He heads into the jungle and spots greenish witchfire in the bushes. It's Strix. Her staff is spinning in the air. She's trying to turn it into other things. Diath watches, remaining hidden.

Each form the staff takes matches one of the runes on her staff. The forms include:
  • Frying Pan 
  • Fishing pole
  • Lantern
  • Cauldron
  • Feather quill that writes in the air
  • Cuddly owlbear doll
Diath creeps back into the waffle hut.

We learn that Paultin sleeps with Simon and the hand. Chris speculates that maybe the hand does other things for Paultin. The players are aghast.

They travel for 6 more days. The group (except for Evelyn) loses more hit points due to the death curse.

The group enters a frozen section of forest. There's an icy ship in the treetops above them. It apparently fell from the sky. They see some letters on the ship: "AR GO."

The group makes their way up with flying powers and a dimension door spell for poor earthbound Diath. On board, they see a wizard who was killed/frozen by the ice and snow.

Uh oh. The waffle crew is attacked by a sabretooth tiger made of ice! Does somebody else have the ring of winter? The heroes are hit with a blast of cold energy. Diath and Evelyn take 35 points of cold damage, the others take half.

Artus Cimber

Diath chucks a dagger at the tiger... natural 20! Then he has to make a Dex check and rolls a 1. Due to the icy deck, he falls off the side of the ship. Wait.. he grabs onto some vines at the last second.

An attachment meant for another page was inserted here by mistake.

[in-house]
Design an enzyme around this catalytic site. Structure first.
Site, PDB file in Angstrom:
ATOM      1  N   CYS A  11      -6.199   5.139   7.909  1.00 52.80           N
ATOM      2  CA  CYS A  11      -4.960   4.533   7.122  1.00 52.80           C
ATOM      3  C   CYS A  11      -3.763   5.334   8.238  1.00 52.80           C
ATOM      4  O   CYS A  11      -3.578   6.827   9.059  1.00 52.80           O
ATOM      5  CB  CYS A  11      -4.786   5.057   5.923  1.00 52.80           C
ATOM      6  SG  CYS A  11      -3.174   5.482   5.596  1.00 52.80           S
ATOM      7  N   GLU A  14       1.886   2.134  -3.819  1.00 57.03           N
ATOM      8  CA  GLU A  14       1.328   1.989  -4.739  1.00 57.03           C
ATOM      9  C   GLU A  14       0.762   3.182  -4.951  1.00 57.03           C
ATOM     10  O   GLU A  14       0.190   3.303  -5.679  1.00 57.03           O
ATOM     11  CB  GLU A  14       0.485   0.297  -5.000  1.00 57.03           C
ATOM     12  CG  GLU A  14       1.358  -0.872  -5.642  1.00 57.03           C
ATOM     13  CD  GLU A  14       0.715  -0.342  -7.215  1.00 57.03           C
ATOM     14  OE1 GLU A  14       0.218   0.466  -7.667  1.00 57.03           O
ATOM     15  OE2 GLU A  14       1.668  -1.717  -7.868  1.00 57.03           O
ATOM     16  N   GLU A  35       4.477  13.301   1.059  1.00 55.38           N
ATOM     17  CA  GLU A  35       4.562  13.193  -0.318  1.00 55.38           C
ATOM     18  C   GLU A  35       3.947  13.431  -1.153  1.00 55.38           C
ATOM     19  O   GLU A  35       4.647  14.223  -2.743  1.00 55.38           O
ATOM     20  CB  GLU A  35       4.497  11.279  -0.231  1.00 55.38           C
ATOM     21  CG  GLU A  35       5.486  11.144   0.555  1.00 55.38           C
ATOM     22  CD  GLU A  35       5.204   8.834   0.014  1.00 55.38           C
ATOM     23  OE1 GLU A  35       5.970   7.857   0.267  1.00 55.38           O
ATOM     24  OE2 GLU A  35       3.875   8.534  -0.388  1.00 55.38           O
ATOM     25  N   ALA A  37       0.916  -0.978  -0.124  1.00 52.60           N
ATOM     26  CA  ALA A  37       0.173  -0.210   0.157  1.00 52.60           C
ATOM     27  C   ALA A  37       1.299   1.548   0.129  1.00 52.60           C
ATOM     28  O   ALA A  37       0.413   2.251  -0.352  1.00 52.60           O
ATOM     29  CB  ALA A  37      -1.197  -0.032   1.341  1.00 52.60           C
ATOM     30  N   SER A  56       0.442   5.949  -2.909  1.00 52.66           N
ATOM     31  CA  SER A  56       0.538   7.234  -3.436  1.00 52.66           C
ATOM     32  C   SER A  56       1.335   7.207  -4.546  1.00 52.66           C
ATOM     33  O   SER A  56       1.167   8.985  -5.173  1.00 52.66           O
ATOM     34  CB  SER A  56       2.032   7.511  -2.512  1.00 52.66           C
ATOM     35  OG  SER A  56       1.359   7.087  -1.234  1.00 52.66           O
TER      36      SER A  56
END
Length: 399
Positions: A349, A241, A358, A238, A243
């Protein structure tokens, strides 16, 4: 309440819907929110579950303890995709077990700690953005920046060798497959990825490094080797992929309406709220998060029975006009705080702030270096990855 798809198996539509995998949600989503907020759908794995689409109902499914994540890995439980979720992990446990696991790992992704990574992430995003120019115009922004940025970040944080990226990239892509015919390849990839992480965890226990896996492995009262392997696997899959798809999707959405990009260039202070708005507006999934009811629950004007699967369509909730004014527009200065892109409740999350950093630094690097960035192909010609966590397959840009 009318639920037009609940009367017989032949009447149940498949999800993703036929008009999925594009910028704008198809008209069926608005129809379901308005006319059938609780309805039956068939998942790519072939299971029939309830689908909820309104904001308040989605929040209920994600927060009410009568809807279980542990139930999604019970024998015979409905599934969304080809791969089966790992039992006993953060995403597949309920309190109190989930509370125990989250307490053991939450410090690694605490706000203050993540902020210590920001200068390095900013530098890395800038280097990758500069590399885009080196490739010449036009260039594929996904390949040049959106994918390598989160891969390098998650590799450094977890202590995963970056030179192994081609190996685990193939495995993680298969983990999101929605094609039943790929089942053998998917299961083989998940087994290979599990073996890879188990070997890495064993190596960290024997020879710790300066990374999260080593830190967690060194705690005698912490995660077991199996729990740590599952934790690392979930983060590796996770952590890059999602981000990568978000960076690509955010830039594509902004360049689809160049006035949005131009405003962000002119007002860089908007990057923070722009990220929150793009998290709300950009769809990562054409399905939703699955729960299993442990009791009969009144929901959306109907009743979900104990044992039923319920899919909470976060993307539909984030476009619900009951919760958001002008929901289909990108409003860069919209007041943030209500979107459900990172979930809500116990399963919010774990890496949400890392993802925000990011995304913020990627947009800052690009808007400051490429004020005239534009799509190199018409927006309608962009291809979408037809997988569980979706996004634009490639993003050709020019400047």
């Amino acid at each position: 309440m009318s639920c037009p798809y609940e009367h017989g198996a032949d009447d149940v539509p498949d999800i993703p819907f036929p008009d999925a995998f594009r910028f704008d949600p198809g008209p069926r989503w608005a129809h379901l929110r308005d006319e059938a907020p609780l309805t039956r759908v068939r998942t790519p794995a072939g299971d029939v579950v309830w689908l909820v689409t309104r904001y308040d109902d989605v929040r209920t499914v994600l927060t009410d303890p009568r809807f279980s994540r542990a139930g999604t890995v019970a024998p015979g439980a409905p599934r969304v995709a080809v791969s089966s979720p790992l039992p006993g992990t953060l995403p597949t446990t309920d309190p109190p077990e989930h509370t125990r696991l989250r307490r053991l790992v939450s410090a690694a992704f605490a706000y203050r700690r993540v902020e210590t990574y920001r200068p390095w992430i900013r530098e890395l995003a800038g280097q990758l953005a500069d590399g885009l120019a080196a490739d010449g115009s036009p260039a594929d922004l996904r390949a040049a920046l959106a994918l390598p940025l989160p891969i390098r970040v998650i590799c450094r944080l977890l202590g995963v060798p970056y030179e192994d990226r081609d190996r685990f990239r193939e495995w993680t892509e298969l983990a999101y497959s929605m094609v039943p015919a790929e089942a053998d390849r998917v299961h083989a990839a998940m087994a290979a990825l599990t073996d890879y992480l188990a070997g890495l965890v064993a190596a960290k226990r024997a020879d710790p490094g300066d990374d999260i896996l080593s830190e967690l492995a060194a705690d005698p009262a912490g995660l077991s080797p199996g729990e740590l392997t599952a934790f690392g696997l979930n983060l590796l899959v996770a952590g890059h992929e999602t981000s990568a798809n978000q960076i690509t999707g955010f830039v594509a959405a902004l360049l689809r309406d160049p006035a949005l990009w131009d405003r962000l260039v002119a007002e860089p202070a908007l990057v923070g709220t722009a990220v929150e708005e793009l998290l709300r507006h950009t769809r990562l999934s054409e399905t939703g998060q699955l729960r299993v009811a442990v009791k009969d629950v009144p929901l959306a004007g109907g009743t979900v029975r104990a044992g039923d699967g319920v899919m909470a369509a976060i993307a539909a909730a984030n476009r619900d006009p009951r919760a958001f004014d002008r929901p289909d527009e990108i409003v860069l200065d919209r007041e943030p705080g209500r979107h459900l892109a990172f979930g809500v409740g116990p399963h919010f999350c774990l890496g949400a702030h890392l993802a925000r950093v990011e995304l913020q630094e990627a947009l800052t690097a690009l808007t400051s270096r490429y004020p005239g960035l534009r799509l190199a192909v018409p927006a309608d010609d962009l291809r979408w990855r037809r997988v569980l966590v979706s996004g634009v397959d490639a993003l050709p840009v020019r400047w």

While dangling, he sees more of the ship's name. "Star Go..."

Strix fireballs the ice tiger. It's vulnerable to fire and takes quite a bit o' damage.

A giant hand of ice hovers over Evelyn and begins crushing her. She takes 13 damage.

Strix looks around to find the person with the ring of winter. Rolls a 20! She spots Artus Cimber in the distance. His eyes are glowing blue. The group correctly guesses that he has succumbed to the evil of the ring.

Artus goes: "ICE to see you, Strix." The group can't handle this premium-quality dad joke at all.

Evelyn tries to escape the hand by igniting the fiery heart of Spinelli. Evelyn acts out the moment because she is into it and thus, it is awesome.

Anna sticks her neck out and pushes the boundary just enough to create space for the other players to feel more comfortable in their roleplaying. This is one of the reasons I think she is the most unselfish and pure D&D player out there.

Paultin is encased in ice. He's frozen with middle fingers up.

Diath maneuvers as the tiger makes a mighty leap. It misses and shatters into pieces.

Strix dispels the ice hand.

Artus casts dimension door and escapes.

The group takes a breath and checks out the wreckage of the ship. One dead person on the ship is holding a frozen key. There's also a chest below decks. Strix sees that the chest has a glyph of warding on it.